By: Camila Rivera-Tinsley
Southern trees bear strange fruit
Blood on the leaves and blood at the root
Black bodies swinging in the southern breeze
Strange fruit hanging from the poplar trees.
Pastoral scene of the gallant south
The bulging eyes and the twisted mouth
Scent of magnolias, sweet and fresh
Then the sudden smell of burning flesh.
Here is a fruit for the crows to pluck
For the rain to gather, for the wind to suck
For the sun to rot, for the trees to drop
Here is a strange and bitter crop.
Did the imagery of the poem above shock you? Does the juxtaposition of the beauty of a tree bearing fruit, and sadness of a tree being used to bear the fruits of racism disturb you? If the answer is yes, then a portion of my mission has been accomplished. The poem above is symbolic of the complicated narrative and relationship that exists between Black bodies and green spaces.
I am many things; a woman, a mother, an educator, a parks practitioner, a lover of humans and nature and green space, an advocate of overlooked people and places, and I am also melanated. These days, I feel my melanin more than ever, and the ways that that small phenotypic difference shapes my experiences. I am never free of the burden (or the power) of being Black in America.
What does being Black in America mean? What does being Black in the parks and rec world mean? What does it mean to be Black in the environmental world? These are questions that I confront daily, just by waking up and going to work. I consider how I am perceived by the world and my peers. I adjust my language so that I am sure to signal to others that I am “smart” enough to exist in the space that I am in, and I am intentional to seem non-threatening so that I am better received. I am consistently aware that I am often the only representative voice in a space, and as such I am often both the representation and the advocate for whole groups of people. I am also keenly aware that the urgency that I feel to change the world, is often not felt by others, until blood is shed. That is a hard a lonely space to live in. Sometimes, I do not feel protected or emotionally safe.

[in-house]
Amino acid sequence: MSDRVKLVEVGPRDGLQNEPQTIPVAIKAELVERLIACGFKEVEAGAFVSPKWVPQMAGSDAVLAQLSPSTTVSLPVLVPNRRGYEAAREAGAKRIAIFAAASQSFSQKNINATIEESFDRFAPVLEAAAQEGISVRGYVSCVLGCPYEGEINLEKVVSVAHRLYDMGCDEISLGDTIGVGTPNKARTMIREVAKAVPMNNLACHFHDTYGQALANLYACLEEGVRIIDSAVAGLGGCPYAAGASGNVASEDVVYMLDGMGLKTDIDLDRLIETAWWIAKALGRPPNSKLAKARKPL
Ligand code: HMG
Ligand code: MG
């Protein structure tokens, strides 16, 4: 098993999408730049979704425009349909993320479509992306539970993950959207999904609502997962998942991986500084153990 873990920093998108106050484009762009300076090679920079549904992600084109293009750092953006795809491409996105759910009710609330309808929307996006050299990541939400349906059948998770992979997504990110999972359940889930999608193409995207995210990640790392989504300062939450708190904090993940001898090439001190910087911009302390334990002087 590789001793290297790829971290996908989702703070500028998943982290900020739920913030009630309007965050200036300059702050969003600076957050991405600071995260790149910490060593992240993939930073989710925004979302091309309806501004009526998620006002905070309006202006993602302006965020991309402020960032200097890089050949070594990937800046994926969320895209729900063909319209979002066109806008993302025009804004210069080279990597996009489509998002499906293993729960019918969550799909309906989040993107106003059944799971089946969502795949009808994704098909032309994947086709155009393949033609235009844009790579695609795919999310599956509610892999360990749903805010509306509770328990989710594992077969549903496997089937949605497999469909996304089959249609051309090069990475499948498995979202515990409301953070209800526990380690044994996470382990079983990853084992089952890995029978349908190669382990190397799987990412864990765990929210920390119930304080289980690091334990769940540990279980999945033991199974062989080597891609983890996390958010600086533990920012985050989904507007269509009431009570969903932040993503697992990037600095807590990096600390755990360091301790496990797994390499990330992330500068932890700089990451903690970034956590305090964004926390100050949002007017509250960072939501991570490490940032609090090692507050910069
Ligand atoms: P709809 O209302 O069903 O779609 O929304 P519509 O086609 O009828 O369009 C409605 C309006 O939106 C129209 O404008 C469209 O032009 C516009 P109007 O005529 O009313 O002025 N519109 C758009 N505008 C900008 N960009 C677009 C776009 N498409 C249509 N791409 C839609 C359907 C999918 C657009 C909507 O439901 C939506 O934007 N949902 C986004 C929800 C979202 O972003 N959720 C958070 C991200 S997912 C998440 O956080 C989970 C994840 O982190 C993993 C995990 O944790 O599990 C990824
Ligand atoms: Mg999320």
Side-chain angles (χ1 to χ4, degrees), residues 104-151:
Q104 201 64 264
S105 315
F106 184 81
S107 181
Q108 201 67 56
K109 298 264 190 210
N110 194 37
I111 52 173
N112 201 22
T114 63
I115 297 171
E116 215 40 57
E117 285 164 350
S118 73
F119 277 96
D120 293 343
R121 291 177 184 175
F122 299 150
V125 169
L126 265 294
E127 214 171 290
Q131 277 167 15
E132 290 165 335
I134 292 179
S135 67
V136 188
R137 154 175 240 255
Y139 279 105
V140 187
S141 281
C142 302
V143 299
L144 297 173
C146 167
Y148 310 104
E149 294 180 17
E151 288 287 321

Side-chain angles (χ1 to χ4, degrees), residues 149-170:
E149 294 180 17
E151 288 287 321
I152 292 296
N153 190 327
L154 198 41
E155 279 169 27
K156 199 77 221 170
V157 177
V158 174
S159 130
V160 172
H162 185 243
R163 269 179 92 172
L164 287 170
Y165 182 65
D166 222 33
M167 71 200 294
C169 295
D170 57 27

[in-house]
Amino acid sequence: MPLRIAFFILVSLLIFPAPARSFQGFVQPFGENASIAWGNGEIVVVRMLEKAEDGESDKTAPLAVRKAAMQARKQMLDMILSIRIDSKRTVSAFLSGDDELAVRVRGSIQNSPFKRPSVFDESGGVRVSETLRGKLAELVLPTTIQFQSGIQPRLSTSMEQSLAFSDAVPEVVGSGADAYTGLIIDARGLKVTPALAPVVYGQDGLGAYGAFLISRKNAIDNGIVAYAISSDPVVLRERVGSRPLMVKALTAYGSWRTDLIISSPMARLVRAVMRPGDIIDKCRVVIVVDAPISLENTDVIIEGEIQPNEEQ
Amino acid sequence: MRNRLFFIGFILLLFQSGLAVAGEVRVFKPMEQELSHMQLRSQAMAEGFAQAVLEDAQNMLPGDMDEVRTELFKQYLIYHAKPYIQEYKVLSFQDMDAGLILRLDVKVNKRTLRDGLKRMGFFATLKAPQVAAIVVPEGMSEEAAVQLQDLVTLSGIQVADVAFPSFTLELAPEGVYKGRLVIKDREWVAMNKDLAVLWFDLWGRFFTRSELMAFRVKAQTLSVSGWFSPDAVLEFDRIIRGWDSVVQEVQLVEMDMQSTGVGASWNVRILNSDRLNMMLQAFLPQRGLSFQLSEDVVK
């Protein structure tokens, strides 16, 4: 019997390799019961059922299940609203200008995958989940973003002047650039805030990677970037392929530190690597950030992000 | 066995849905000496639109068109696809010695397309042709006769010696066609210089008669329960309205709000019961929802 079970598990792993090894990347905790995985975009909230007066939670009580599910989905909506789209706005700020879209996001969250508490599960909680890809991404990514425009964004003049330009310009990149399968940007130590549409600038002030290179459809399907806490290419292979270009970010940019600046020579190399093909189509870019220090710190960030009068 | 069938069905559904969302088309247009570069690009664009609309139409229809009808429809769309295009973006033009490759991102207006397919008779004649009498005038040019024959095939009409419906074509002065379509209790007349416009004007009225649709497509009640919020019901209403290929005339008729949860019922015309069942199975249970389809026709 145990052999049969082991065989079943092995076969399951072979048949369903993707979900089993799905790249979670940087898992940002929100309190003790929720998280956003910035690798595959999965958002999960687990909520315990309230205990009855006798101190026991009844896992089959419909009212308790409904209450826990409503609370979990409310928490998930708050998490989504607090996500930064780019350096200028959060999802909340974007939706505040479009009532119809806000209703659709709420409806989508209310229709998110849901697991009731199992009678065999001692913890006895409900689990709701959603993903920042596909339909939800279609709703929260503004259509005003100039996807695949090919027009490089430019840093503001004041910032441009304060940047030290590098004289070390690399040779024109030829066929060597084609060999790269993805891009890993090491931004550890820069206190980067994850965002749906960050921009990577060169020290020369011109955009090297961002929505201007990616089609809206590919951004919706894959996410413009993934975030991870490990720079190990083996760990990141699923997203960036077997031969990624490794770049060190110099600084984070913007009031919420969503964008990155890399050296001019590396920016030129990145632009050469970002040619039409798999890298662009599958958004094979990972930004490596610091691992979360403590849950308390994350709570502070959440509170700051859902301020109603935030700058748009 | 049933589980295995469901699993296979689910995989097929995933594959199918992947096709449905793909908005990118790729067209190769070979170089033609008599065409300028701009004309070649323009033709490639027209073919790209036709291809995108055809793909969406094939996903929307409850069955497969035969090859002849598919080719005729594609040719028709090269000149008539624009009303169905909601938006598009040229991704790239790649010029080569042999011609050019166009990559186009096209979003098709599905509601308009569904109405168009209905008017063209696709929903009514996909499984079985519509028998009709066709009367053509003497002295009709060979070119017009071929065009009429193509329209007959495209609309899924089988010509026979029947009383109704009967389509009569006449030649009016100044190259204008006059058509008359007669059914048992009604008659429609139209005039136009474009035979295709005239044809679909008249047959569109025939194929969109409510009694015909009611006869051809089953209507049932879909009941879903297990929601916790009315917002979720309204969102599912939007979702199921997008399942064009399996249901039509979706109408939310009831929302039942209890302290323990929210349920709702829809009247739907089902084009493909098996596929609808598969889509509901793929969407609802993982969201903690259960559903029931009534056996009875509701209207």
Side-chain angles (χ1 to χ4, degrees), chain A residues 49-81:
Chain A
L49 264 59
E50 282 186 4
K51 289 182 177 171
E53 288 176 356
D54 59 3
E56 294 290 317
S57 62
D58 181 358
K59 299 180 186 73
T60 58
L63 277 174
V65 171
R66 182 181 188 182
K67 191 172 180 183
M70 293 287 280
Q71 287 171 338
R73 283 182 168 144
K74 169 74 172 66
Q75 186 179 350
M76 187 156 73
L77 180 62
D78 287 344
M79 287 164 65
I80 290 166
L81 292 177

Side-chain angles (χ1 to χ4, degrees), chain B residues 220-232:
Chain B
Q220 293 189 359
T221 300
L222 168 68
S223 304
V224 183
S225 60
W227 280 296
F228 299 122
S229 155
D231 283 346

This begs the question for me, how are we protecting people of color that enter the parks that we steward? How are we protecting our coworkers, our community members, or the students that show up to our various camps and programs? How are we actively confronting the weaponization of blackness in green spaces?
To borrow from a famous leader, there is a fierce urgency right now. We must confront and actively challenge and change the ways that our organizations are complicit in perpetuating structural inequities. We must change our narratives. We must commit to active change. We must not let complacency continue to bear its strange fruit. No more blood should spill in the streets or on the leaves.
I am calling on all my peers to stand up for me and for the other black bodies that inhabit predominantly white spaces. I am calling on you to have hard conversations, to reflect on your biases. I am calling on you to create budgets that demonstrate a commitment to equity. I am calling on you to ensure that your staff and board are reflective of the communities that you serve. I am calling on you to reinterpret green spaces and actively seek to uplift black and brown voice. I am calling on you…
Let us please bear new fruit in the future.